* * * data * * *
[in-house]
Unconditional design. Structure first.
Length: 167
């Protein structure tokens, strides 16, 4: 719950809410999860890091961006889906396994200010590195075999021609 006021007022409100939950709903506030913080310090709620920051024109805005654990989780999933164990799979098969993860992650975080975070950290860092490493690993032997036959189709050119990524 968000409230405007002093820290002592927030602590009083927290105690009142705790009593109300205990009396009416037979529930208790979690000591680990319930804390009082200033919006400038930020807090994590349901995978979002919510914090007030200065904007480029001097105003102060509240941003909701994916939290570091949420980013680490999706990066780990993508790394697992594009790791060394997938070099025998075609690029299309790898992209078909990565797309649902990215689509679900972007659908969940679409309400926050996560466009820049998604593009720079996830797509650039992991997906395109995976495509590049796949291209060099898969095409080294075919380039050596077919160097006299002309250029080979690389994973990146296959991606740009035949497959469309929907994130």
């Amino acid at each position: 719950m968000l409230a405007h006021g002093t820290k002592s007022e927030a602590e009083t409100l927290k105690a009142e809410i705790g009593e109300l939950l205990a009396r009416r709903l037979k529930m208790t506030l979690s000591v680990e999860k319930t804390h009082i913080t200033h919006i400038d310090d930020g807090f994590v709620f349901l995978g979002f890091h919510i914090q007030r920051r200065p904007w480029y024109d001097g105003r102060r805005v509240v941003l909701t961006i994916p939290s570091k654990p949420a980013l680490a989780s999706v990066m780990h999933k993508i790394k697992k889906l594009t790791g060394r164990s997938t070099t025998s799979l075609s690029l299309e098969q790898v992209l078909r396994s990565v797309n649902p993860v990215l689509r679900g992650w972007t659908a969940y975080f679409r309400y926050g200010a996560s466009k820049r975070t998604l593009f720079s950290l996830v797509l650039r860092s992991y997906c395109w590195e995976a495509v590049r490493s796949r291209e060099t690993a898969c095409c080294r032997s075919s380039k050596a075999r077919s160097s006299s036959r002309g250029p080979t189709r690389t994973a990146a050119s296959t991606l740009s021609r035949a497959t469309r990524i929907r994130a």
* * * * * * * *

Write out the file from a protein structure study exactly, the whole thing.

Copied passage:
[in-house]
Unconditional design. Structure first.
Length: 167
């Protein structure tokens, strides 16, 4: 719950809410999860890091961006889906396994200010590195075999021609 006021007022409100939950709903506030913080310090709620920051024109805005654990989780999933164990799979098969993860992650975080975070950290860092490493690993032997036959189709050119990524 968000409230405007002093820290002592927030602590009083927290105690009142705790009593109300205990009396009416037979529930208790979690000591680990319930804390009082200033919006400038930020807090994590349901995978979002919510914090007030200065904007480029001097105003102060509240941003909701994916939290570091949420980013680490999706990066780990993508790394697992594009790791060394997938070099025998075609690029299309790898992209078909990565797309649902990215689509679900972007659908969940679409309400926050996560466009820049998604593009720079996830797509650039992991997906395109995976495509590049796949291209060099898969095409080294075919380039050596077919160097006299002309250029080979690389994973990146296959991606740009035949497959469309929907994130």
């Amino acid at each position: 719950m968000l409230a405007h006021g002093t820290k002592s007022e927030a602590e009083t409100l927290k105690a009142e809410i705790g009593e109300l939950l205990a009396r009416r709903l037979k529930m208790t506030l979690s000591v680990e999860k319930t804390h009082i913080t200033h919006i400038d310090d930020g807090f994590v709620f349901l995978g979002f890091h919510i914090q007030r920051r200065p904007w480029y024109d001097g105003r102060r805005v509240v941003l909701t961006i994916p939290s570091k654990p949420a980013l680490a989780s999706v990066m780990h999933k993508i790394k697992k889906l594009t790791g060394r164990s997938t070099t025998s799979l075609s690029l299309e098969q790898v992209l078909r396994s990565v797309n649902p993860v990215l689509r679900g992650w972007t659908a969940y975080f679409r309400y926050g200010a996560s466009k820049r975070t998604l593009f720079s950290l996830v797509l650039r860092s992991y997906c395109w590195e995976a495509v590049r490493s796949r291209e060099t690993a898969c095409c080294r032997s075919s380039k050596a075999r077919s160097s006299s036959r002309g250029p080979t189709r690389t994973a990146a050119s296959t991606l740009s021609r035949a497959t469309r990524i929907r994130a």